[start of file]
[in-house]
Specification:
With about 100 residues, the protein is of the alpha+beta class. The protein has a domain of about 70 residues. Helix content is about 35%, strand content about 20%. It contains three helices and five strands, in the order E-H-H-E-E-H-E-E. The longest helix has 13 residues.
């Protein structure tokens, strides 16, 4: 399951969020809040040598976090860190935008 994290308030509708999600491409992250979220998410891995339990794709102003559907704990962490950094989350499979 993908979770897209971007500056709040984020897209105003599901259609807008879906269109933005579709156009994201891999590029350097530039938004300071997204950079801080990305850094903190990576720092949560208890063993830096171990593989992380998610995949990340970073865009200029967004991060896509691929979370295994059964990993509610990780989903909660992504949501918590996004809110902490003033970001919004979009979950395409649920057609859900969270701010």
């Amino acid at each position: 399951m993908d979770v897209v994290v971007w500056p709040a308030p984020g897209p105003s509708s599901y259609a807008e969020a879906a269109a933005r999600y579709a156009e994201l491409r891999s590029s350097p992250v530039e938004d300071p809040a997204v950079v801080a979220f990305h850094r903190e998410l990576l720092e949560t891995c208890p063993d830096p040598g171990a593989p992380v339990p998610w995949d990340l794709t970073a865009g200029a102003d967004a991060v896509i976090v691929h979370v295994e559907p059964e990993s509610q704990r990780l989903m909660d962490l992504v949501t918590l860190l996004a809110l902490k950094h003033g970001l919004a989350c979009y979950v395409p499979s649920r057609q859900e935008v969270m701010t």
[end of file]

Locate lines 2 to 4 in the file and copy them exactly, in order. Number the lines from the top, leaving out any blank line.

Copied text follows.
Specification:
With about 100 residues, the protein is of the alpha+beta class. The protein has a domain of about 70 residues. Helix content is about 35%, strand content about 20%. It contains three helices and five strands, in the order E-H-H-E-E-H-E-E. The longest helix has 13 residues.
């Protein structure tokens, strides 16, 4: 399951969020809040040598976090860190935008 994290308030509708999600491409992250979220998410891995339990794709102003559907704990962490950094989350499979 993908979770897209971007500056709040984020897209105003599901259609807008879906269109933005579709156009994201891999590029350097530039938004300071997204950079801080990305850094903190990576720092949560208890063993830096171990593989992380998610995949990340970073865009200029967004991060896509691929979370295994059964990993509610990780989903909660992504949501918590996004809110902490003033970001919004979009979950395409649920057609859900969270701010």